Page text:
U.S. Air Force Airmen, from left, Lt. Col. Terry Thiem, 361st Expeditionary Reconnaissance Squadron; Senior Master Sgt. Jeffrey Taylor, 361st ERS superintendent; 1st Lt. Scott Ball, 361st ERS; Master Sgt. Jody Kouma, 451st Expeditionary Operations Group first sergeant; Capt. Pedro Esquivel , 361st ERS; (back from left) Capt. Otto Gerdeman, 361st ERS; and Capt. David Hidalgo, 361st ERS talk via Skype here with students at Mason High School in Mason, Ohio. Nov. 12. (U.S. Air Force photo/Master Sgt. Russell Martin)
KANDAHAR AIRFIELD, Afghanistan (November 16, 2012) — It’s not uncommon for deployed military members to receive boxes of goodies and letters from organizations and classes back in the United States. What is a little out of the ordinary is when thanking those groups turns into something bigger.
Senior Master Sgt. Jeffrey Taylor, 361st Expeditionary Reconnaissance Squadron superintendent, received a care package in October from an American History class at Mason High School, Mason, Ohio. The package was part of a Support the Troops initiative by Katie Hicks, Mason High School social studies department. The package contained snacks, supplies and some personalized letters to the Airmen serving at KAF.
“As the superintendent, I went through the box to see what I could distribute to my Airmen,” Taylor said. “There were so many goodies and things that I was kind of overwhelmed. But what really got me was the personalized letters that were in there expressing the students’ support for troops. One letter was from Katie, the class teacher, so I did some research and reached out to her to let her know we got the package and to thank her for thinking about us.”
From there, the two began formulating a plan to introduce some of the students at Mason High School to a handful of Airmen who are currently serving in Afghanistan. What started out as a selfless act of thanking America’s Airmen, became an opportunity for the Airmen to help give students a real-life look into the deployed environment.
Since Veteran’s Day fell on a Sunday, Taylor and Hicks coordinated five Skype sessions with the students for Sept. 12, when school would be back in session. Each session lasted between 20 and 45 minutes, and tended to be the latter as the more than 650 students and handful of Airmen continued to talk about everything from the food deployed service members eat to which sports teams they cheer for.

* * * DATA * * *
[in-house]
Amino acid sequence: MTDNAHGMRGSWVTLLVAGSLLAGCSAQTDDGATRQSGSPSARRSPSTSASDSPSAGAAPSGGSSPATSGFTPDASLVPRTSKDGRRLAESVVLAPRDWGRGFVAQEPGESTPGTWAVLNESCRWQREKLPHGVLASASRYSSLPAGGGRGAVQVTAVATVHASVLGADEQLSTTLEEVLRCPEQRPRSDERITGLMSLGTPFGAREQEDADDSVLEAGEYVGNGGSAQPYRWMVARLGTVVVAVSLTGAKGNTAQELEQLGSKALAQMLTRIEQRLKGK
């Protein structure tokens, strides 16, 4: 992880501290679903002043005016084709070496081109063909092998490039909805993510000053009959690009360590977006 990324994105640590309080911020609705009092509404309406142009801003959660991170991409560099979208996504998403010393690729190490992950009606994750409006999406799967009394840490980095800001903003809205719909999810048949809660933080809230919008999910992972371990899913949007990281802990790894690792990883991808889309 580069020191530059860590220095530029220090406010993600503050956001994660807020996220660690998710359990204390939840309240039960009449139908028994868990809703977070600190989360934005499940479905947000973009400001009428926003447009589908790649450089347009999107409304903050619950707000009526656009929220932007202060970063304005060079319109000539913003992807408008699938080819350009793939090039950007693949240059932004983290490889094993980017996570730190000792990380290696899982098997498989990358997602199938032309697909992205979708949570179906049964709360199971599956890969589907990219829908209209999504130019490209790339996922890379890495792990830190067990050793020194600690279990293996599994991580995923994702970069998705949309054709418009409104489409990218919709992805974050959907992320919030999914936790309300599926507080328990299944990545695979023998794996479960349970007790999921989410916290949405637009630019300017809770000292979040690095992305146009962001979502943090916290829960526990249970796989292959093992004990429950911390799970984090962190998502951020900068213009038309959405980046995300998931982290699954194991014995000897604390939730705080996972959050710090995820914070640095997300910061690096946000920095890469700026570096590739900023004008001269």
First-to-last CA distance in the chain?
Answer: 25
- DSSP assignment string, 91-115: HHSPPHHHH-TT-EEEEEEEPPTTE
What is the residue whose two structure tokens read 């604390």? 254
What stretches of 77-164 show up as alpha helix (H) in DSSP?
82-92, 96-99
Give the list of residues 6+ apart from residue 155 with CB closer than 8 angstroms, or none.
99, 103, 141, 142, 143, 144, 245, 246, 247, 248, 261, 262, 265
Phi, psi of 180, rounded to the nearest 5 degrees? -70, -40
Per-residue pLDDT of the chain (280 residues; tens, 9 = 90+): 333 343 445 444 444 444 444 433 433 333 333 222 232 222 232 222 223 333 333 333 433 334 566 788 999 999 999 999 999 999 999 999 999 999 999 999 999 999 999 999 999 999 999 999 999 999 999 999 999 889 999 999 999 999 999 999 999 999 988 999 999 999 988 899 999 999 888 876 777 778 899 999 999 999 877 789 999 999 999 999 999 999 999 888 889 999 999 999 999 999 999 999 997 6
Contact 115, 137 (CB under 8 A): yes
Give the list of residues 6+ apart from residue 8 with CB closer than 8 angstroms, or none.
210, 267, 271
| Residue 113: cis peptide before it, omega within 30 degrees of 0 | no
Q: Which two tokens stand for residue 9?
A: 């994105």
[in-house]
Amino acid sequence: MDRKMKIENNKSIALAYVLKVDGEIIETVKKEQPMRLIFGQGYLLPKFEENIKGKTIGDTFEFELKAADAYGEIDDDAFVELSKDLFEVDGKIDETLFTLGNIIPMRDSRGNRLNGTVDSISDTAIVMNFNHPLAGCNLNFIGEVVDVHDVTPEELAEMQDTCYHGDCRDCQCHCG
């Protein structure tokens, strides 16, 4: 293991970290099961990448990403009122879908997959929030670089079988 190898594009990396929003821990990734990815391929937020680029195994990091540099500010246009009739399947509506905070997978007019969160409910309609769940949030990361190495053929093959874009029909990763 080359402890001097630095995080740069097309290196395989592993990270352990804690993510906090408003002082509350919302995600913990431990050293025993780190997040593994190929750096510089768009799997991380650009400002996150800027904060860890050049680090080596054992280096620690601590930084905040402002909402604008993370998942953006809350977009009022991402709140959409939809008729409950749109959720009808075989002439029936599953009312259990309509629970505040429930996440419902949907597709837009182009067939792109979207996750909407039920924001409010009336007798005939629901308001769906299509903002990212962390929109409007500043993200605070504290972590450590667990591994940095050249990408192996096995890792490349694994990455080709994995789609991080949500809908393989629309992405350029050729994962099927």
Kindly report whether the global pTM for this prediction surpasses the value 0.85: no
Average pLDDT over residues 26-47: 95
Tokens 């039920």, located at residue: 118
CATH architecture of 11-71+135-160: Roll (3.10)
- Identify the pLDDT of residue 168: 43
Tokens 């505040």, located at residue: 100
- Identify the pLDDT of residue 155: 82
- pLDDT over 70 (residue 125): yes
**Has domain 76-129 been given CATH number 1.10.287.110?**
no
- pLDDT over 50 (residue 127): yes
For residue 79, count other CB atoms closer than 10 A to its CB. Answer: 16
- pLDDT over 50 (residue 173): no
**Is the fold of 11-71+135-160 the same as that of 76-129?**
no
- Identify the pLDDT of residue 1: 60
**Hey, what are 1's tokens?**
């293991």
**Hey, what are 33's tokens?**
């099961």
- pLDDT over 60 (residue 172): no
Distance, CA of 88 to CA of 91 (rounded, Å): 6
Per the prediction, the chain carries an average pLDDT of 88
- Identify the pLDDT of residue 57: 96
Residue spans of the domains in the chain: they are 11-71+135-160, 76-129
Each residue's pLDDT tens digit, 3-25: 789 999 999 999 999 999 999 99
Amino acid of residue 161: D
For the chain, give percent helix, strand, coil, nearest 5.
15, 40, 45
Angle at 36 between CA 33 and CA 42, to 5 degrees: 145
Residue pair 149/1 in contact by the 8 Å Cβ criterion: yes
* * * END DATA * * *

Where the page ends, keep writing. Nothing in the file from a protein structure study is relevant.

The Airmen ranged from active duty to Air National Guard, from officers to enlisted, and from pilots and maintainers to administrative personnel, but they all had one thing in common… the chance to talk with the next generation of Americans. And a positive impression was left on the students and faculty alike.
“We all came back up to our classrooms and just commented on so many aspects of the day,” said Hicks. “This was certainly a memorable teaching day as we got to see the kids truly engaged and excited about learning from all of you.”
Some of the students were texting and taking pictures during the sessions conversing with the Airmen, and Hicks has already received emails from students’ parents expressing how inspired their children were after talking with real service members serving in Afghanistan.
“I think there will be some great conversations around dinner tables tonight in Mason thanks to all of you,” Hicks said. “As wives and husbands and parents it just makes us all the more thankful and appreciative of the time we have with our families. As Americans it makes us proud and helps us feel secure to know we are protected by a first-class military with such talented, smart people.”
A common theme during the sessions was how time had little presence while deployed. Once Airmen establish a routine every day seems the same as before, according to 1st Lt. Scott Ball, 361st Expeditionary Reconnaissance Squadron MC-12 pilot.
“It’s kind of like Groundhog Day,” said Ball to the students. “You wake up, get your shower or gym time in, go and get a cup of coffee before meeting the challenges of the day and then before you know it, it’s dinner time. Then you go back to you room, read a book, watch whatever movies you have on your tablet or laptop until it’s time to go to bed, and the next day you start all over. “
However, Taylor admitted the time spent talking to the students will stick out in his memory as not just another day while deployed.
“While for many of us, it seemed like no big deal…our small actions have greater effects then we know and realize in those moments,” Taylor said. “I think we got as much out of today as they did. It was a fun day. And it definitely wasn’t just another ‘Groundhog Day.’ It’s a day that I will member for a long time.”